“We came to Africa for the work, we stayed for the people.”

Tonight on a quiet street in Congo, 16 people sat around a long table on a warm patio. In their group were people from Canada, Australia, Norway, The Netherlands, England, Scotland, and the U.S. The mosquitoes were biting, but it didn’t rain. 

Photo Credit: Catherine Clarke Murphy;

To humor the Americans on the night before Thanksgiving, everyone went around the table and said what we were thankful for:


10 a.m. coffee breaks.

Air conditioning.

Our families who miss us, but love us enough to let us go.


(…and Toyotas with winches.)

The responsibility we’ve been trusted with to do the things we do…and the privilege.

The little moments when we enjoy something that reminds us of home.

The people we live and work with who make us happy.

And a little girl named Ravette.


“We came to Africa for the work, we stayed for the people.”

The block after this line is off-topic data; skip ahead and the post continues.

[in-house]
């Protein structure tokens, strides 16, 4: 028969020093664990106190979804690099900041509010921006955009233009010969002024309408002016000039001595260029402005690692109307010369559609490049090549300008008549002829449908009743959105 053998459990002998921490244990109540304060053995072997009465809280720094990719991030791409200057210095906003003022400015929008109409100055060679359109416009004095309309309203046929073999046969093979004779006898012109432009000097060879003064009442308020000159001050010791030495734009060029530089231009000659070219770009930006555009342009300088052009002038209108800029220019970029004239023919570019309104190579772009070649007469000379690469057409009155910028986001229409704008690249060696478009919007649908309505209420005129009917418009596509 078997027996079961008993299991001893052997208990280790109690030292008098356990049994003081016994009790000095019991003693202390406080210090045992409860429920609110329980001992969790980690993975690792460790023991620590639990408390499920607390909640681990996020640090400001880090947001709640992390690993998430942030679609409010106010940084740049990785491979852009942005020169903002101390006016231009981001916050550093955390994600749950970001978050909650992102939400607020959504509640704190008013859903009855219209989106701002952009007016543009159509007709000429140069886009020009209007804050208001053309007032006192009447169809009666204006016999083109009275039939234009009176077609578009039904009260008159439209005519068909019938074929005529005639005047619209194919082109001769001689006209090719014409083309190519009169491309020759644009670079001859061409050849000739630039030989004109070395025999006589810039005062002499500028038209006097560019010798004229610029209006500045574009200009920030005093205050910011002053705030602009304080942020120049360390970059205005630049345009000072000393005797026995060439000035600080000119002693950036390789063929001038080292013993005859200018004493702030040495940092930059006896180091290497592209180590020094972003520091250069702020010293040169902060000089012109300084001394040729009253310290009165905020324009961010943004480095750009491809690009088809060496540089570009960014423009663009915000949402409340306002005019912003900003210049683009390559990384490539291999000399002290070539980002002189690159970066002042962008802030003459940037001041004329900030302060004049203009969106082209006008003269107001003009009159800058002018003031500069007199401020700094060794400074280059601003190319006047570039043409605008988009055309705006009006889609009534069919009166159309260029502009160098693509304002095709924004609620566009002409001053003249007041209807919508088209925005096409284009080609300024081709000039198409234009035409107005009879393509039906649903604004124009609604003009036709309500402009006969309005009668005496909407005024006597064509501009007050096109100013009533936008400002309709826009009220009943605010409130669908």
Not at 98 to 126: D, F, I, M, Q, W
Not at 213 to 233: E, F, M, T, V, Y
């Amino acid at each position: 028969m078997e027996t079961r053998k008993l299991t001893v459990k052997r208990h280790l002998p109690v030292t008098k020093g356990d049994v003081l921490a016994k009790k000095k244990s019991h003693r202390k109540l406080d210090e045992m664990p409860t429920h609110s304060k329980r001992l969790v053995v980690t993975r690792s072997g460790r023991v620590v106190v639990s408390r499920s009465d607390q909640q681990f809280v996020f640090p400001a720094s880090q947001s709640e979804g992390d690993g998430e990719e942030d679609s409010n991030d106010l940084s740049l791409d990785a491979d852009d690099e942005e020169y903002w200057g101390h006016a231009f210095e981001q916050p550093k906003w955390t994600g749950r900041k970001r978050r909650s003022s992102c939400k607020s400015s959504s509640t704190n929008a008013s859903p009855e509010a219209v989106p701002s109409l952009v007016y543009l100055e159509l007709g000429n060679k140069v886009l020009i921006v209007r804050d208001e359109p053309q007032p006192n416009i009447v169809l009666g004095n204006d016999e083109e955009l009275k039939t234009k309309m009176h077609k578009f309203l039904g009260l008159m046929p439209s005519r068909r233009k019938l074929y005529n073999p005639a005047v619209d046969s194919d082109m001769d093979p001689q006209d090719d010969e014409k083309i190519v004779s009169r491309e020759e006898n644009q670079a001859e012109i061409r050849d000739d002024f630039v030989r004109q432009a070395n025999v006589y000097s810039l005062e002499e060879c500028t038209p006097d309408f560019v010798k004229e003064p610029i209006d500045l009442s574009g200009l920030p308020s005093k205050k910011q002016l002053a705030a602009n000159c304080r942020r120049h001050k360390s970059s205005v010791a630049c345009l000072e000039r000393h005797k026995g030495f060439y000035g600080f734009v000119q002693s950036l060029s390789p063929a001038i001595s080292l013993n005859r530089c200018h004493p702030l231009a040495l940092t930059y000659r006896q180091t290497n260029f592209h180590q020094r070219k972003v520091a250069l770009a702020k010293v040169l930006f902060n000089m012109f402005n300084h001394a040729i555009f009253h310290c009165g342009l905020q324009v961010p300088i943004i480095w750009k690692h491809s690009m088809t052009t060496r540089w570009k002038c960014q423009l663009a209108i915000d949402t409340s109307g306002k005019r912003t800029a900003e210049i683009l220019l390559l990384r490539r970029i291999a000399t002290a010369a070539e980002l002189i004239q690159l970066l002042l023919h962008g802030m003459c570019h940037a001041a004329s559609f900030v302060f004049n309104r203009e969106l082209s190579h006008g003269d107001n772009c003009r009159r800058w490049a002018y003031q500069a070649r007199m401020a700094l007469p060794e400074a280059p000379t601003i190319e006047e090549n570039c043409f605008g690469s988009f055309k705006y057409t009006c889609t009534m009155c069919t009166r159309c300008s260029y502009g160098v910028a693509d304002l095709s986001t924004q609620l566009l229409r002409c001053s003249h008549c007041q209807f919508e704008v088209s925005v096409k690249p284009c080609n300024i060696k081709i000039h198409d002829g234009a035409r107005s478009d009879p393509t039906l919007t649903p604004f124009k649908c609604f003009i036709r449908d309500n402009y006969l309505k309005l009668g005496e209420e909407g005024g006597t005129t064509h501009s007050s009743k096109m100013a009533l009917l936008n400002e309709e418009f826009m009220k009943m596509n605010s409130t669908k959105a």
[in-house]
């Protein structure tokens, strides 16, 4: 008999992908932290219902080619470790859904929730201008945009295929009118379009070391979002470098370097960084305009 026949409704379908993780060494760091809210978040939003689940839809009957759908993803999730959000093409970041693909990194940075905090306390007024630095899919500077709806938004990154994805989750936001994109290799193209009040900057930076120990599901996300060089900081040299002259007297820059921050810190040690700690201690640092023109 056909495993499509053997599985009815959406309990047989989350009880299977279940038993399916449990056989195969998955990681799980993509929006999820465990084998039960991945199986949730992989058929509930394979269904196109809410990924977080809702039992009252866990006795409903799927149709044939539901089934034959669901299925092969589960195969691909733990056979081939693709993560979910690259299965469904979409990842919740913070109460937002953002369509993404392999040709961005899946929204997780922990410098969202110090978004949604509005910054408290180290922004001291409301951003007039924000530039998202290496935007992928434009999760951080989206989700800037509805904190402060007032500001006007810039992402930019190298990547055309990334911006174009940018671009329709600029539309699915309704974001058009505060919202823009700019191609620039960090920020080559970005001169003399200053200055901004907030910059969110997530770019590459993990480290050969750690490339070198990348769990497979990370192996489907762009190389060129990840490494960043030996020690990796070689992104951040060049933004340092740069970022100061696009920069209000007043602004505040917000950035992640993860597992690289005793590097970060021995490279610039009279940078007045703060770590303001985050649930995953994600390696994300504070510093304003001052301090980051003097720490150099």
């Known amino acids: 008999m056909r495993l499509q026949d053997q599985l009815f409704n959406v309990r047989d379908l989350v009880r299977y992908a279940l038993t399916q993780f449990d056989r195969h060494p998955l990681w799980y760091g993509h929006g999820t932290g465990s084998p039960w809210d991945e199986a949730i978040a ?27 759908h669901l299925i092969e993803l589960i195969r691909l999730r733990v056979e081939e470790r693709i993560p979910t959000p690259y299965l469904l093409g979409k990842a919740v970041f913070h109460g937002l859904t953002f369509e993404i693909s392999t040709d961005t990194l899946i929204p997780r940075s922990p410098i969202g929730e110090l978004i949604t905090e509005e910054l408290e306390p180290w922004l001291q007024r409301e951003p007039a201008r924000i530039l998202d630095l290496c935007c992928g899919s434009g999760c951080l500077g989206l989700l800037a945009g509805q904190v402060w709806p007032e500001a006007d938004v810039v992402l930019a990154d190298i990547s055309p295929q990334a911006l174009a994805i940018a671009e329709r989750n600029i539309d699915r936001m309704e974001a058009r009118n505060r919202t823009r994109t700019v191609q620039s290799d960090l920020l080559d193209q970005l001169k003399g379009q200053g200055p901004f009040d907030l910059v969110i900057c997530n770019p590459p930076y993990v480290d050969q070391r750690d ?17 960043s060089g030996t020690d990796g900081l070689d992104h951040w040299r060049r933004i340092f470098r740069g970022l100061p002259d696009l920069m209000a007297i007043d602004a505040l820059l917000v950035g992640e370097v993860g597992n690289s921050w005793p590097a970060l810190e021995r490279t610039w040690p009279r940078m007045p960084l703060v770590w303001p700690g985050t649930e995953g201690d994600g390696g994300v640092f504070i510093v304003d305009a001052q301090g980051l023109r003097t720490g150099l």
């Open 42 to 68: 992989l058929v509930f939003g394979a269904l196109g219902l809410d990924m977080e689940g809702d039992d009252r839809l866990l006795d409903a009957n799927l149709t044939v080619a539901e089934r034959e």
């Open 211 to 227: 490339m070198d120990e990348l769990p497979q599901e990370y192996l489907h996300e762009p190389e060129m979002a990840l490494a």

Ravette is a 9-year-old orthopedics patient who always has a smile on her face. Always.

When Ravette was little she suffered from a leg deformity caused by quinine, a drug used to treat malaria. When the medicine was mistakenly injected into her nerve instead of the muscle, it caused her knees to grow in the wrong direction. Ravette is still in casts, but she’s learning to walk again.

This morning Ravette hobbled to my office. To get here from the hospital, you have to walk through a common area we call the café. It’s unusual to have patients walk through this part of the ship, so she quickly snagged everyone’s attention. That’s when the clapping started. Each table she walked past gave a little cheer. I’ve never seen a child with a smile as big as hers was today. 

If she had been at our table tonight, Ravette would have said she was thankful to walk again. Then she would have giggled as she listened to 16 people go around and say what they were thankful for. 

Because they were all thankful for Ravette.

What are you thankful for this year? 


2 responses

  1. Pingback: Ravette: Before and After « My Life Aquatic

Leave a comment:

Fill in your details below or click an icon to log in:

WordPress.com Logo

You are commenting using your WordPress.com account. Log Out / Change )

Twitter picture

You are commenting using your Twitter account. Log Out / Change )

Facebook photo

You are commenting using your Facebook account. Log Out / Change )

Google+ photo

You are commenting using your Google+ account. Log Out / Change )

Connecting to %s

%d bloggers like this: